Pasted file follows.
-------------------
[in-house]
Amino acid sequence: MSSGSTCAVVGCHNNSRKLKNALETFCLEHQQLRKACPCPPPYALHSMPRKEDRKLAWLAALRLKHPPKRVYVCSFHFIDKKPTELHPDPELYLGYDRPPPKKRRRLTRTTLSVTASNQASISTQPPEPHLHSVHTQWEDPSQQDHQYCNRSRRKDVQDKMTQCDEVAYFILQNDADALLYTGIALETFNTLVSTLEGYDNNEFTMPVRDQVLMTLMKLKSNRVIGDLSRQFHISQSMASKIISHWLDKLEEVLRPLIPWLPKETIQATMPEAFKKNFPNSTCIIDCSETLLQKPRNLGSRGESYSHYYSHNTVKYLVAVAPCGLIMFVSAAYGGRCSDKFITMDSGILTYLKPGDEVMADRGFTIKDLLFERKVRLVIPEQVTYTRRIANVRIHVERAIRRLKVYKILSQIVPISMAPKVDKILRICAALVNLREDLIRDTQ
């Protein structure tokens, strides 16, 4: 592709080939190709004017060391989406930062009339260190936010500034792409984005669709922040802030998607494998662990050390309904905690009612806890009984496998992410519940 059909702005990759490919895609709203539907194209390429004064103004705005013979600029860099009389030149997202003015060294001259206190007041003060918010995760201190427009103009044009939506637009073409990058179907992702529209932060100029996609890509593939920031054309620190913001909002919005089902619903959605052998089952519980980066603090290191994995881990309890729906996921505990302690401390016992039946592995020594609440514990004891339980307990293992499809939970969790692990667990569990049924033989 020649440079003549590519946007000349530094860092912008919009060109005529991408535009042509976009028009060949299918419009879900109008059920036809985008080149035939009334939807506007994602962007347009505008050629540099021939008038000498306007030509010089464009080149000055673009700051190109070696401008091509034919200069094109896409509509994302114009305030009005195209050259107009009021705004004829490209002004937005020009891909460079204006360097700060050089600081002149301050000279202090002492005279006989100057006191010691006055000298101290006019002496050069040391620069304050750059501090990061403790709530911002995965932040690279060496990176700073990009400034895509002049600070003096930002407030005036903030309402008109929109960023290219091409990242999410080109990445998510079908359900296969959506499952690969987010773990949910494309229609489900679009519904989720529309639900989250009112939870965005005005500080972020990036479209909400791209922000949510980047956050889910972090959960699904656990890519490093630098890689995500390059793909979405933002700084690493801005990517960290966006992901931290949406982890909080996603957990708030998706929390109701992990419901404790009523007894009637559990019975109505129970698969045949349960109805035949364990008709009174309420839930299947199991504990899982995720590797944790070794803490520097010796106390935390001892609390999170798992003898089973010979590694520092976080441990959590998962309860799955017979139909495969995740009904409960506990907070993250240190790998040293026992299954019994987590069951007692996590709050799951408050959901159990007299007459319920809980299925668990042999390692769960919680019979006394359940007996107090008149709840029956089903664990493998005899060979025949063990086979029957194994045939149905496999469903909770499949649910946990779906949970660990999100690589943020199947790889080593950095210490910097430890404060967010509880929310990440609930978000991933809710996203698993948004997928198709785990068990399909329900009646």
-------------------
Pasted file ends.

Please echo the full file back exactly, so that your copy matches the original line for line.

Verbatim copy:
[in-house]
Amino acid sequence: MSSGSTCAVVGCHNNSRKLKNALETFCLEHQQLRKACPCPPPYALHSMPRKEDRKLAWLAALRLKHPPKRVYVCSFHFIDKKPTELHPDPELYLGYDRPPPKKRRRLTRTTLSVTASNQASISTQPPEPHLHSVHTQWEDPSQQDHQYCNRSRRKDVQDKMTQCDEVAYFILQNDADALLYTGIALETFNTLVSTLEGYDNNEFTMPVRDQVLMTLMKLKSNRVIGDLSRQFHISQSMASKIISHWLDKLEEVLRPLIPWLPKETIQATMPEAFKKNFPNSTCIIDCSETLLQKPRNLGSRGESYSHYYSHNTVKYLVAVAPCGLIMFVSAAYGGRCSDKFITMDSGILTYLKPGDEVMADRGFTIKDLLFERKVRLVIPEQVTYTRRIANVRIHVERAIRRLKVYKILSQIVPISMAPKVDKILRICAALVNLREDLIRDTQ
């Protein structure tokens, strides 16, 4: 592709080939190709004017060391989406930062009339260190936010500034792409984005669709922040802030998607494998662990050390309904905690009612806890009984496998992410519940 059909702005990759490919895609709203539907194209390429004064103004705005013979600029860099009389030149997202003015060294001259206190007041003060918010995760201190427009103009044009939506637009073409990058179907992702529209932060100029996609890509593939920031054309620190913001909002919005089902619903959605052998089952519980980066603090290191994995881990309890729906996921505990302690401390016992039946592995020594609440514990004891339980307990293992499809939970969790692990667990569990049924033989 020649440079003549590519946007000349530094860092912008919009060109005529991408535009042509976009028009060949299918419009879900109008059920036809985008080149035939009334939807506007994602962007347009505008050629540099021939008038000498306007030509010089464009080149000055673009700051190109070696401008091509034919200069094109896409509509994302114009305030009005195209050259107009009021705004004829490209002004937005020009891909460079204006360097700060050089600081002149301050000279202090002492005279006989100057006191010691006055000298101290006019002496050069040391620069304050750059501090990061403790709530911002995965932040690279060496990176700073990009400034895509002049600070003096930002407030005036903030309402008109929109960023290219091409990242999410080109990445998510079908359900296969959506499952690969987010773990949910494309229609489900679009519904989720529309639900989250009112939870965005005005500080972020990036479209909400791209922000949510980047956050889910972090959960699904656990890519490093630098890689995500390059793909979405933002700084690493801005990517960290966006992901931290949406982890909080996603957990708030998706929390109701992990419901404790009523007894009637559990019975109505129970698969045949349960109805035949364990008709009174309420839930299947199991504990899982995720590797944790070794803490520097010796106390935390001892609390999170798992003898089973010979590694520092976080441990959590998962309860799955017979139909495969995740009904409960506990907070993250240190790998040293026992299954019994987590069951007692996590709050799951408050959901159990007299007459319920809980299925668990042999390692769960919680019979006394359940007996107090008149709840029956089903664990493998005899060979025949063990086979029957194994045939149905496999469903909770499949649910946990779906949970660990999100690589943020199947790889080593950095210490910097430890404060967010509880929310990440609930978000991933809710996203698993948004997928198709785990068990399909329900009646």